Tech bros are at it again.
After dominating Silicon Valley in the past two decades, hiking up rent prices in the area and filling the streets with fleece vests and wool sneakers, they’re now spreading into other regions, such as Austin and North Carolina.
But merely setting up shop in a hot new spot just isn’t enough for one group of techies, now formulating a plan to build their very own dream city – away from the US entirely and governed by themselves.
Twenty-five-year-olds Dryden Brown of New York University, and Charlie Callinan of Boston College, co-founded Bluebook Cities in 2019 — described as a “full-stack city builder,” which “partners with communities to develop beautiful, energetic, resident-owned cities,” the website states.
So far, their community remains online, in “the cloud.” But they expect to enlist around 2,000 willing participants (about the size of a small college town) to pack up and move to their yet-to-be-built city. No word yet on where the concept will touch down — but the two hope to land somewhere in the Mediterranean.
Currently, Brown and Callinan are looking to partner with a country in the region who wants to attract a slice of Silicon Valley and is “down to forge a partnership with them,” Brown told YouTuber Justin Murphy in an interview.
“Whereby they contribute land, perhaps for equity in the project and the terms will obviously be negotiated,” Brown explained. “We are not trying to be a total sovereign nation or something like that. We want to partner with a government and build something really cool that works with us and works for them and is mutually beneficial,” he said, adding that they want a government that will stop blocking people with “dumb regulations.”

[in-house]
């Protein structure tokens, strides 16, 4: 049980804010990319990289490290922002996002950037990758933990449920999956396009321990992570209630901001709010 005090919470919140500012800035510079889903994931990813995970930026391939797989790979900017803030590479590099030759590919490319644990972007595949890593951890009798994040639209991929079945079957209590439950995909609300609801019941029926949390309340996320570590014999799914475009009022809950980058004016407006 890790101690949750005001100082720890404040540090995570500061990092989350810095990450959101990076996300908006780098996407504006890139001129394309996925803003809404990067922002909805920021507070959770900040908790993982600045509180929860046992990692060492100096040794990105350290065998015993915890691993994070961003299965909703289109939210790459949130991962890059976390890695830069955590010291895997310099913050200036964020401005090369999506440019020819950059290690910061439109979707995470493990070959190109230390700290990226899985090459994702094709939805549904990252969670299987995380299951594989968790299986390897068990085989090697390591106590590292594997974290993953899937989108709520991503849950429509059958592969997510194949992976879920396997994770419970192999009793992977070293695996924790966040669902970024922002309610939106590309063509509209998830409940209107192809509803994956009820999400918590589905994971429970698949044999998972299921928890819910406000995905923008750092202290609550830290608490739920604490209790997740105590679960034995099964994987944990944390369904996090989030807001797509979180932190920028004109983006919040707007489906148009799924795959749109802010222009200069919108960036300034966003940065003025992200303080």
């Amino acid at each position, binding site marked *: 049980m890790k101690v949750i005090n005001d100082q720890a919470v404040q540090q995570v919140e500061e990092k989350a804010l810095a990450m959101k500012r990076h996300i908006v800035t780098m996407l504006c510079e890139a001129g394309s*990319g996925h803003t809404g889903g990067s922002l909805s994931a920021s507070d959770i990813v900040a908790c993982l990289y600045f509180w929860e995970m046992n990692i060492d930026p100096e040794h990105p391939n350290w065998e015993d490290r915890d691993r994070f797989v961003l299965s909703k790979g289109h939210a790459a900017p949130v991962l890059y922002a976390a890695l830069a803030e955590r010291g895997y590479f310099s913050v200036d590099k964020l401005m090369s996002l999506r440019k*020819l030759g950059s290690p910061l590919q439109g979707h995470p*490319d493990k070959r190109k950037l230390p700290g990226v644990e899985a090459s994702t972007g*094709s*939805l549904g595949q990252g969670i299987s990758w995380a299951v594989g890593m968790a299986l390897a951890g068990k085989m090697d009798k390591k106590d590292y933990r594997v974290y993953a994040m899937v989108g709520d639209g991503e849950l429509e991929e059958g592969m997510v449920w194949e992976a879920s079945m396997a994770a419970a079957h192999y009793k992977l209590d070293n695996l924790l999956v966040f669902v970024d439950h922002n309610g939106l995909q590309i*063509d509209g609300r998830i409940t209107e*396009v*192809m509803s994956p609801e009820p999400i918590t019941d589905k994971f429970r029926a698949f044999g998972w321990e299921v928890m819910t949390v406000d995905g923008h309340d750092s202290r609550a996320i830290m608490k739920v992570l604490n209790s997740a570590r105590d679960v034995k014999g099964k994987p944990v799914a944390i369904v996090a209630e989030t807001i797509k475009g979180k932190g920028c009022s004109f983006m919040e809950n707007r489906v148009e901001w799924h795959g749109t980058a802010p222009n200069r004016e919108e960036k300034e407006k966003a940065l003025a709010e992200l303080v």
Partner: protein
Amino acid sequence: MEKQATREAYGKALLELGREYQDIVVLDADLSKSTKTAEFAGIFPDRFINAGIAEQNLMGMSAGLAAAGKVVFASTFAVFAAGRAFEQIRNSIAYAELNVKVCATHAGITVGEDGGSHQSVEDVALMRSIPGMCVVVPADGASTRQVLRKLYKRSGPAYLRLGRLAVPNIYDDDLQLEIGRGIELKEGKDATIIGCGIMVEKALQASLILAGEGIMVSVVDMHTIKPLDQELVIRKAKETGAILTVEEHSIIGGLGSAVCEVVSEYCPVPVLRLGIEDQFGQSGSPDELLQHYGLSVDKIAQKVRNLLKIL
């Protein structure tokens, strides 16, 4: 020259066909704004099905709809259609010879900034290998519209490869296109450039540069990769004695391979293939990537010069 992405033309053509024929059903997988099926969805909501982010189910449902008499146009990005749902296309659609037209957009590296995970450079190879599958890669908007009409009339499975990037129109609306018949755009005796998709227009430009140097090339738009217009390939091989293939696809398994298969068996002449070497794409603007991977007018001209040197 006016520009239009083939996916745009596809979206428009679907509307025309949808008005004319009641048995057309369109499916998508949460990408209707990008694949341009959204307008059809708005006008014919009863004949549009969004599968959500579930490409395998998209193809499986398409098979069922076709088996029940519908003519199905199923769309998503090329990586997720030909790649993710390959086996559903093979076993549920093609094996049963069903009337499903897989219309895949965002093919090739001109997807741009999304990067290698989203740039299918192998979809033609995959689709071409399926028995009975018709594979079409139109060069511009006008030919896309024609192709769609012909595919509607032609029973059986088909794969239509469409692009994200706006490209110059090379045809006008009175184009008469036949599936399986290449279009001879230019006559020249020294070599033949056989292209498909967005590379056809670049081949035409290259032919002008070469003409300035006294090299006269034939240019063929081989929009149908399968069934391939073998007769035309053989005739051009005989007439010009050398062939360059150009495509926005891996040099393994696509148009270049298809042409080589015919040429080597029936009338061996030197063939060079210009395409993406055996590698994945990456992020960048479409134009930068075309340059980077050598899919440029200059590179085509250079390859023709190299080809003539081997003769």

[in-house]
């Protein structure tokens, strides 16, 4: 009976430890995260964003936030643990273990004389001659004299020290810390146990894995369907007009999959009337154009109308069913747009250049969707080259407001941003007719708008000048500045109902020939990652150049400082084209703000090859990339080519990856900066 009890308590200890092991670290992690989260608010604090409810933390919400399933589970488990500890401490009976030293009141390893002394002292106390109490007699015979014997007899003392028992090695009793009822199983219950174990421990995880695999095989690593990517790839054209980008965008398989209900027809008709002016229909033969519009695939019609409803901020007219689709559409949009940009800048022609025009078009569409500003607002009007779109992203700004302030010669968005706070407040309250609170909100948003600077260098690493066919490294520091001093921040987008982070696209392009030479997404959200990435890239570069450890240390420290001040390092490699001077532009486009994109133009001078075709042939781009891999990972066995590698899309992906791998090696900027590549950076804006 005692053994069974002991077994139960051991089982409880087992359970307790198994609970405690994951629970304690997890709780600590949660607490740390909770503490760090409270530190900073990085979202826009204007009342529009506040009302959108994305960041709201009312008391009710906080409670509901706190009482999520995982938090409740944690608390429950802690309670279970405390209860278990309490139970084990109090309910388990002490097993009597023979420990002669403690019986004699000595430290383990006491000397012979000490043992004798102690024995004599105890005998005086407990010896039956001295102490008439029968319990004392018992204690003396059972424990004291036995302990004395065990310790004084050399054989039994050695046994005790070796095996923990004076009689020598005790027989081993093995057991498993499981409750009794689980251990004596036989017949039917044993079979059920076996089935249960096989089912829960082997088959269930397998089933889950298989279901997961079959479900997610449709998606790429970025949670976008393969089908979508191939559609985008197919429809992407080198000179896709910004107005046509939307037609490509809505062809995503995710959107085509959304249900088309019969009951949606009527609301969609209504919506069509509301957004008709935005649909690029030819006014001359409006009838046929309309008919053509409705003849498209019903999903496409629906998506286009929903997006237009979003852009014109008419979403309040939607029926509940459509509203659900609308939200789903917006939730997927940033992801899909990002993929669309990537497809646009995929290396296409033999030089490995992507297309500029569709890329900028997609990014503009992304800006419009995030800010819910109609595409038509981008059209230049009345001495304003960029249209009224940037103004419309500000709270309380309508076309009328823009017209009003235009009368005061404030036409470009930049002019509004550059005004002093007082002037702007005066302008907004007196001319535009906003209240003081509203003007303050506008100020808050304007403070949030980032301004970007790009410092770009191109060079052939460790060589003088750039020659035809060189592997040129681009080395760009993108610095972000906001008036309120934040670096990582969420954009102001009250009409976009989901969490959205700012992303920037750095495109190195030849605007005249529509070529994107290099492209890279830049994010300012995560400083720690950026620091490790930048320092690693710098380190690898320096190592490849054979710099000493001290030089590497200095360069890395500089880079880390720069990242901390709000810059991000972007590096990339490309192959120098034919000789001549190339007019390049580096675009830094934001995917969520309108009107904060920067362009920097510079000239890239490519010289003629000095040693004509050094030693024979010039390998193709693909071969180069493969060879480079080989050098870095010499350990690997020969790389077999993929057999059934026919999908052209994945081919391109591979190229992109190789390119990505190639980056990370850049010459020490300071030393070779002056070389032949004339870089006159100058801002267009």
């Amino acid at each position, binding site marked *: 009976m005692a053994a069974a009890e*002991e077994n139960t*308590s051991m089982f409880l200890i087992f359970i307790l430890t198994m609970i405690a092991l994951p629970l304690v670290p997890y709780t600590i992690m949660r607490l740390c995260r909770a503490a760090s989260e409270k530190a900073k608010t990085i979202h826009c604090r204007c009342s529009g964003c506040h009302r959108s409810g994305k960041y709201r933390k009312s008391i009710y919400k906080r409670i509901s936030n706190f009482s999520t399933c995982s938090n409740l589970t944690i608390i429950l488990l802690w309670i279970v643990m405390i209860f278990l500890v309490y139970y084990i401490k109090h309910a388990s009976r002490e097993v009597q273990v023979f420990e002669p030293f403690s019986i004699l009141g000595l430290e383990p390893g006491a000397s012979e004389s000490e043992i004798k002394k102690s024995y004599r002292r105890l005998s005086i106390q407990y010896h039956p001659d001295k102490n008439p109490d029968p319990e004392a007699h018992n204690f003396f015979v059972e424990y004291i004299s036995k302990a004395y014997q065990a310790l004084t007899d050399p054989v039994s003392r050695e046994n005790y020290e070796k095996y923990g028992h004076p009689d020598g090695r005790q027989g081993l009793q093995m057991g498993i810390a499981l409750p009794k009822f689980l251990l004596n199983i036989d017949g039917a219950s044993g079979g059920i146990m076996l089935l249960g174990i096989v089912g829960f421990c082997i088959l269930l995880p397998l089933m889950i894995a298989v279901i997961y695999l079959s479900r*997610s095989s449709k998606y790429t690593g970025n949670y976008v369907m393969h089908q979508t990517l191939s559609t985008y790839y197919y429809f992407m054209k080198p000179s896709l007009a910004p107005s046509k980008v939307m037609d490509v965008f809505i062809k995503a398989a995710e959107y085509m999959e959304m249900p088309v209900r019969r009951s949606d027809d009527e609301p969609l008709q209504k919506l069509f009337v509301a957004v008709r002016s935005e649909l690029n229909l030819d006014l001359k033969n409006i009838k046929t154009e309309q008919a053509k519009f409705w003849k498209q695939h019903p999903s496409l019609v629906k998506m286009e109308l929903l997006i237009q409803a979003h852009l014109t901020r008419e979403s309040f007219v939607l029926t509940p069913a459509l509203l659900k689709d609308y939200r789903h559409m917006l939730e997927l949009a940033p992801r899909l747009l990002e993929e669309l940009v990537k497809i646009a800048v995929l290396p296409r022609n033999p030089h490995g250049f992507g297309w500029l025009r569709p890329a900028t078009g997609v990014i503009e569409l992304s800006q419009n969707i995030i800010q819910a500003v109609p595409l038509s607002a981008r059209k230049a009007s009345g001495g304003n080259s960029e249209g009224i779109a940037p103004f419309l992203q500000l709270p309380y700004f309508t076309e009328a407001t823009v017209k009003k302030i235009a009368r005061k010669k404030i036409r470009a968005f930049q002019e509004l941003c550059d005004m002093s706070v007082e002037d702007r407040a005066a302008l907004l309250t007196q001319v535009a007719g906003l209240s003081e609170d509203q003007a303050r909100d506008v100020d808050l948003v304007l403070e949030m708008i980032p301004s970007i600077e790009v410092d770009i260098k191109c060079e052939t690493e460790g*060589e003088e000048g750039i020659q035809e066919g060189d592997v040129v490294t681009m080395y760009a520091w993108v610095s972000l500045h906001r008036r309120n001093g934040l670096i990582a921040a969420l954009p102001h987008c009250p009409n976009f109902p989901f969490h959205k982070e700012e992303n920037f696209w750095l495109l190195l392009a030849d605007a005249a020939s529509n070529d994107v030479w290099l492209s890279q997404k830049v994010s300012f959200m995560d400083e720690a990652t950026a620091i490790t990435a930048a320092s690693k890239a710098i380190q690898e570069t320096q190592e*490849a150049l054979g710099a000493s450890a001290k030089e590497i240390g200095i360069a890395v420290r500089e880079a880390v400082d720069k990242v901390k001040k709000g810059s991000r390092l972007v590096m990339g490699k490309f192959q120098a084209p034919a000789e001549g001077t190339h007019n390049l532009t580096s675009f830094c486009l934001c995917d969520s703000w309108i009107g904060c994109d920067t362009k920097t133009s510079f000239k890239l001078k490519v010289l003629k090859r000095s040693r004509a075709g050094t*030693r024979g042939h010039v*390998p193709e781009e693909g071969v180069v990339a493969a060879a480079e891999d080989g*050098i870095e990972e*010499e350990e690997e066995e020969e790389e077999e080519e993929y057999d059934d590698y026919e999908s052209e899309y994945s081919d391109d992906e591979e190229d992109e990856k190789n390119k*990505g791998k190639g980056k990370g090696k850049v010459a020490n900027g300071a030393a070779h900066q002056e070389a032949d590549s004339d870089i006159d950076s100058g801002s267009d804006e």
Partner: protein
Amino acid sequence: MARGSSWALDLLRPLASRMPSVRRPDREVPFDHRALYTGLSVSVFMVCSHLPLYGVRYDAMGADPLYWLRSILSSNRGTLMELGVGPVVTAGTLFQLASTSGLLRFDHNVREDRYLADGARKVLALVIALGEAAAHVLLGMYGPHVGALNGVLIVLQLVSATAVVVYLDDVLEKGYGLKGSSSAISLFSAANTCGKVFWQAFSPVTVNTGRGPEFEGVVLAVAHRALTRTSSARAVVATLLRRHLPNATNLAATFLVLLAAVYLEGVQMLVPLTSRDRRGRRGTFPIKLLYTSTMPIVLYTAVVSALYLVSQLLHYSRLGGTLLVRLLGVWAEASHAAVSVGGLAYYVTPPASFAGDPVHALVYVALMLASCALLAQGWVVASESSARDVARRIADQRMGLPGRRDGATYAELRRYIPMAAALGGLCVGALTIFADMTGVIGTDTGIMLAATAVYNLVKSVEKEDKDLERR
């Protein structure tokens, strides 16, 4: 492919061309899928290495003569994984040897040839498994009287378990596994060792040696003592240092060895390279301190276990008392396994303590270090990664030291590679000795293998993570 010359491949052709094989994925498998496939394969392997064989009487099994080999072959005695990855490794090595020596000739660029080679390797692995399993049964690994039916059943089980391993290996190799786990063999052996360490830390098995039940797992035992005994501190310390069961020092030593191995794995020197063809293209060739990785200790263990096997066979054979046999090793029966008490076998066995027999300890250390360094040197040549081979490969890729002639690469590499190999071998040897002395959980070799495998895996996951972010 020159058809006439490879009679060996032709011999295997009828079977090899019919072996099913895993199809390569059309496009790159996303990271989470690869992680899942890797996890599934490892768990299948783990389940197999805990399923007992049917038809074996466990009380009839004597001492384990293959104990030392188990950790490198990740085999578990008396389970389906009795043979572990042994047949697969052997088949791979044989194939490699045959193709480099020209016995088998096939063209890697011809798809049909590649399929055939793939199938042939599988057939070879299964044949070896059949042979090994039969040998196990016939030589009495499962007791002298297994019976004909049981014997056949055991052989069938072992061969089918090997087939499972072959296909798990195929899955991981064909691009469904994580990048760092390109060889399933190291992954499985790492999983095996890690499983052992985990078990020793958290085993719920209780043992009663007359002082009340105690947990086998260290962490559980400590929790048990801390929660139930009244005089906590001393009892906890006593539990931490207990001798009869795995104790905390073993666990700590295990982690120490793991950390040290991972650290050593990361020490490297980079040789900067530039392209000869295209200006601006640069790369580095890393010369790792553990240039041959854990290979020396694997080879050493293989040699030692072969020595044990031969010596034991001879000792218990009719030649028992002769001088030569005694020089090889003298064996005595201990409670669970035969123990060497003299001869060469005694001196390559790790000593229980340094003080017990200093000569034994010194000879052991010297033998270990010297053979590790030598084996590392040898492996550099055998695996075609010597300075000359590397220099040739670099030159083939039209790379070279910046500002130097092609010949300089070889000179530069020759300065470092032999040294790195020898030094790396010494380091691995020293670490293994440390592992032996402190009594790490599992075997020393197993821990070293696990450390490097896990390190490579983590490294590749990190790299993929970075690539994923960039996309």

With the backing of angel investor Peter Thiel, who has already invested nearly $9 million in Pronomos Capital — a venture capital that focuses solely on startups like Bluebook Cities — the company is expected to soon morph the online community into a private city reality.
But membership is even more limited than the already cost prohibitive Silicon Valley real-estate scene.
“Praxis applicants are carefully vetted with a written application and numerous phone calls with current members. New members are rare because membership is sacred,” the application states.
Their move follows the crippling pandemic, racial tensions and a controversial election — all of which has mounted talk of secession in what was once the tech capital of the world. The Silicon Valley techies are looking to take matters into their own hands by exploring ways to build an apolitical private city run by private residents without US government control.